This is rather faint praise, but Saw V is an improvement over the cluttered experience that was Saw IV. We still get backstories that will seemingly never end. The loss of Jigsaw (Tobin Bell), even though he returns in flashbacks, finds screenwriters Patrick Melton and Marcus Dunstan desperate to mine material. On the hand that isn’t severed, there’s some decent work by the supporting actors in the fifth edition. On the severed hand, our two leads carried over from the fourth edition are still a bore.
The Jigsaw Files keeps swinging along and here’s the first four if you didn’t catch them:
Saw V introduces its third director in David Hackl, who did production design and second unit work on episodes II-IV. Darren Lynn Bousman’s involvement in the series had seemingly ended but he is back behind the camera for the upcoming Spiral. Melton and Dunstan, who scripted the predecessor, are back.
It was at the conclusion of #4 that we learned Detective Mark Hoffman (Costas Mandylor) was Jigsaw’s second accomplice to his wicked games. He’s taken center stage now as the hero who brought down Jiggy while FBI Agent Peter Strahm (Scott Patterson) suspects foul play. Naturally the departed mastermind has thought of a way to make Strahm look like the new villain.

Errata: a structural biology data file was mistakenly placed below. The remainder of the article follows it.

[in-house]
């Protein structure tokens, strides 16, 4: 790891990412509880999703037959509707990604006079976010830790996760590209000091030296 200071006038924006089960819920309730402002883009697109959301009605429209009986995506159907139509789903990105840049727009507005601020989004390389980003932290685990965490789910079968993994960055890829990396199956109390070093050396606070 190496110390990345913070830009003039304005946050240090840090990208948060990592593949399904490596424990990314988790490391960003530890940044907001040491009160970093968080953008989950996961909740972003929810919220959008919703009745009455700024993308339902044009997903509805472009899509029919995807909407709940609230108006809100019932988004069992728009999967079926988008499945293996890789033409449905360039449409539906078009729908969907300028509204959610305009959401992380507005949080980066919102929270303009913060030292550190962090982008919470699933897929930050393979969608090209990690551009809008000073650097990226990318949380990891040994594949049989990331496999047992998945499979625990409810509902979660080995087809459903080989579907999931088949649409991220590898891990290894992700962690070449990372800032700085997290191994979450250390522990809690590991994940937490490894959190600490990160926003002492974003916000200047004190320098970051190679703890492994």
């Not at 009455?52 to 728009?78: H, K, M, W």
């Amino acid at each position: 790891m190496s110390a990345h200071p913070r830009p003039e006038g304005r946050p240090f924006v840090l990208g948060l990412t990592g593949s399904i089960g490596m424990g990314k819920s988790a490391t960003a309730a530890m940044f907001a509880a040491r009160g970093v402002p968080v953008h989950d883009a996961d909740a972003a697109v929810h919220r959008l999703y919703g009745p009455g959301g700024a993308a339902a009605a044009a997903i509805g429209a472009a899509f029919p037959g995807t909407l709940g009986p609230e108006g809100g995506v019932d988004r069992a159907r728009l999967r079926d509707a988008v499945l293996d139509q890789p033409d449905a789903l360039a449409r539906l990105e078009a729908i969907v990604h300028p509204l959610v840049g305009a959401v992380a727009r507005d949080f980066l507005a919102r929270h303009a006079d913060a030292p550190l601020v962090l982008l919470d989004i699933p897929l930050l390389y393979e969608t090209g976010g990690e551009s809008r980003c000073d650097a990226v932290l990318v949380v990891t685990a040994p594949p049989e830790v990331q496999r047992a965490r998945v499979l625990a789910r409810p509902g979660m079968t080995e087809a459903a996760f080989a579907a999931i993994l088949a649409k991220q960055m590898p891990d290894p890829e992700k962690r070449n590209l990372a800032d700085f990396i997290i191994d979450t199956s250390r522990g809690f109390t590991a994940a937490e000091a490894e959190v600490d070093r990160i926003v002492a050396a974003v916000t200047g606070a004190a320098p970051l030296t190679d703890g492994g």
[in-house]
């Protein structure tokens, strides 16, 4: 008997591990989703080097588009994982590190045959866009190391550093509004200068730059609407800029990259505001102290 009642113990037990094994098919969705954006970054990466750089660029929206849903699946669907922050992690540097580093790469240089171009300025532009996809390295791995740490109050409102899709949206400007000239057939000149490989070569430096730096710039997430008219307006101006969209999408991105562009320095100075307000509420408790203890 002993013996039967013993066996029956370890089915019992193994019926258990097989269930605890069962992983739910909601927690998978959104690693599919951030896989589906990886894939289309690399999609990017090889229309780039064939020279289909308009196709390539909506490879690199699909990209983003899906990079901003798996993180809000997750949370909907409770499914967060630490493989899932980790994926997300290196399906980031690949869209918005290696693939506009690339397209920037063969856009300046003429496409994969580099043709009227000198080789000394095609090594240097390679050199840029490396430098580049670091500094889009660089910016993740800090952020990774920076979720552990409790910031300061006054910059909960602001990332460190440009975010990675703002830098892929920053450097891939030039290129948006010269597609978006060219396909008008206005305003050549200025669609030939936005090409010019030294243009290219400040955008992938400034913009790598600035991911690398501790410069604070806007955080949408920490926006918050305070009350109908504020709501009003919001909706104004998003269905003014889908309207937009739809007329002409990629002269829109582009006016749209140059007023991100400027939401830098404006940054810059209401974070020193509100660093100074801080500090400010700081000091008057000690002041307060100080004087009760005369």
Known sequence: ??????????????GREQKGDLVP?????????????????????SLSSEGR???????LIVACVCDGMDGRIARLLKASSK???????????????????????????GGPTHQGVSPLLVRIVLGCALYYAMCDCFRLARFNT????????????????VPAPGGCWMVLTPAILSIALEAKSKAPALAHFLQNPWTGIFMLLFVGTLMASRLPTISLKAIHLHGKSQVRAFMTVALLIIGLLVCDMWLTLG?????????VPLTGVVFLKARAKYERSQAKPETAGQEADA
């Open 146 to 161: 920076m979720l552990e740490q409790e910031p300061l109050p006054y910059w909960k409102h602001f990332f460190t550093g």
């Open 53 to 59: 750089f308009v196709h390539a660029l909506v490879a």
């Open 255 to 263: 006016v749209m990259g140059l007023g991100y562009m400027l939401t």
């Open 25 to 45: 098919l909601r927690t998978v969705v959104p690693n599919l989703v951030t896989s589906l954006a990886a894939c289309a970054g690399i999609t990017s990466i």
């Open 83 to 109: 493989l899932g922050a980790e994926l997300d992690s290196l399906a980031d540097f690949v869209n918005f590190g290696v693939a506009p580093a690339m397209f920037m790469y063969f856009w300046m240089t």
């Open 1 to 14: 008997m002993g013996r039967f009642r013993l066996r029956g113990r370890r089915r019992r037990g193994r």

In the meantime, the living and deceased co-conspirators have a new test. They have selected five strangers, picked to live in a dimly lit dungeon, work together and have their lives taped, to find out what happens when people stop being polite… and start getting real bloody. It’s up to them to figure out what they have in common while trying to maintain limb and life. Hint: the quintet probably have a criminal connection. This is where we find some decent performances from Julie Benz, Meagan Good and Greg Bryk as they try to avoid catastrophic countdowns. The whole subplot is a bit of a callback to Saw II and that’s not always a bad thing in this case.
Detective Hoffman’s backstory is a predictable one as to why he got mixed up with the non killing serial killer. This franchise seems hellbent on providing motivational recalls for all its offenders and at this point it’s mostly filler.
I am, quite frankly, struggling somewhat to add more about Saw V. As stated, it is less jumbled (and a tad less perverse) than what preceded it. The scenes with the five new contestants on this Real Stomach-Churning World have an occasional sharp energy. The Hoffman/Strahm dynamic remains considerably duller. And the fifth entry is overwhelmingly average.
The Jigsaw Files will continue with Saw VI (2009)…